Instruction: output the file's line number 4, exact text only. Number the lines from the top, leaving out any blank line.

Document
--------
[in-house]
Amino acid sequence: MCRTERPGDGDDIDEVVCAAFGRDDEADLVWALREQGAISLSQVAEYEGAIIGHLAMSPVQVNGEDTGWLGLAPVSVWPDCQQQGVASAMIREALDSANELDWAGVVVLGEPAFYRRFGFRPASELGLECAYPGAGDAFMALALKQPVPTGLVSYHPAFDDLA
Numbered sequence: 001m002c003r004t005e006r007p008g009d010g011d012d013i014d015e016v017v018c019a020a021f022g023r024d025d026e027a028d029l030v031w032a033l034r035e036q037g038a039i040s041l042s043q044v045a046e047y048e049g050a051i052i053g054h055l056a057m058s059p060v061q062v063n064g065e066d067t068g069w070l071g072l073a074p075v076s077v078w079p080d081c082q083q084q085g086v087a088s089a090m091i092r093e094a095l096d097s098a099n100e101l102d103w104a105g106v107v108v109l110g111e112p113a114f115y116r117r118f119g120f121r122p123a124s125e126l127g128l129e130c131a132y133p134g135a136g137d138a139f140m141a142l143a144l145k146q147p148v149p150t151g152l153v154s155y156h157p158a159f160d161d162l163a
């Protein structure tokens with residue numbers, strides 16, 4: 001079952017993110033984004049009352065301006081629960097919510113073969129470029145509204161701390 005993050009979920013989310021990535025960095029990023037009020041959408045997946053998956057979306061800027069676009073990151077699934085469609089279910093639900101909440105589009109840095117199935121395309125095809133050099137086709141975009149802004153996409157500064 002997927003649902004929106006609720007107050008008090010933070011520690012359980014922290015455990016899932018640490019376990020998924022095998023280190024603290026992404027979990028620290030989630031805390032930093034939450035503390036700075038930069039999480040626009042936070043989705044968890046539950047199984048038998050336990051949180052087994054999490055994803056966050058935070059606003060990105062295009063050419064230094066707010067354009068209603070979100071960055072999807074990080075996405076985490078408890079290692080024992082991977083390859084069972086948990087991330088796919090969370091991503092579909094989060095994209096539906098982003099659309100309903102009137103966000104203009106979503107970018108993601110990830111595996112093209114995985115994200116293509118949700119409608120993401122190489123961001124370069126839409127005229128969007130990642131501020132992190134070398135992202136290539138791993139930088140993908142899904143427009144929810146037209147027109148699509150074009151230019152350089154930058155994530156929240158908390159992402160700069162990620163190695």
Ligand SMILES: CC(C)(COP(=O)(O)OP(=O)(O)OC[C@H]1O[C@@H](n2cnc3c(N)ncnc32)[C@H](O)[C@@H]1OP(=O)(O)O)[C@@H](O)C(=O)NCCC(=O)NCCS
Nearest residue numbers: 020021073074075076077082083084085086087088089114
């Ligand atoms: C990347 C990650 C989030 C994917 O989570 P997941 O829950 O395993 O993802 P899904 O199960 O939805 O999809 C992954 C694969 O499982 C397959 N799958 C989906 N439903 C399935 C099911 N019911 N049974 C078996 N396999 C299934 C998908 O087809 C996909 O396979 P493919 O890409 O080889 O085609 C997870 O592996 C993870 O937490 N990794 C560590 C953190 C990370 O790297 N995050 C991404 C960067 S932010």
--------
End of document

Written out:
């Protein structure tokens with residue numbers, strides 16, 4: 001079952017993110033984004049009352065301006081629960097919510113073969129470029145509204161701390 005993050009979920013989310021990535025960095029990023037009020041959408045997946053998956057979306061800027069676009073990151077699934085469609089279910093639900101909440105589009109840095117199935121395309125095809133050099137086709141975009149802004153996409157500064 002997927003649902004929106006609720007107050008008090010933070011520690012359980014922290015455990016899932018640490019376990020998924022095998023280190024603290026992404027979990028620290030989630031805390032930093034939450035503390036700075038930069039999480040626009042936070043989705044968890046539950047199984048038998050336990051949180052087994054999490055994803056966050058935070059606003060990105062295009063050419064230094066707010067354009068209603070979100071960055072999807074990080075996405076985490078408890079290692080024992082991977083390859084069972086948990087991330088796919090969370091991503092579909094989060095994209096539906098982003099659309100309903102009137103966000104203009106979503107970018108993601110990830111595996112093209114995985115994200116293509118949700119409608120993401122190489123961001124370069126839409127005229128969007130990642131501020132992190134070398135992202136290539138791993139930088140993908142899904143427009144929810146037209147027109148699509150074009151230019152350089154930058155994530156929240158908390159992402160700069162990620163190695």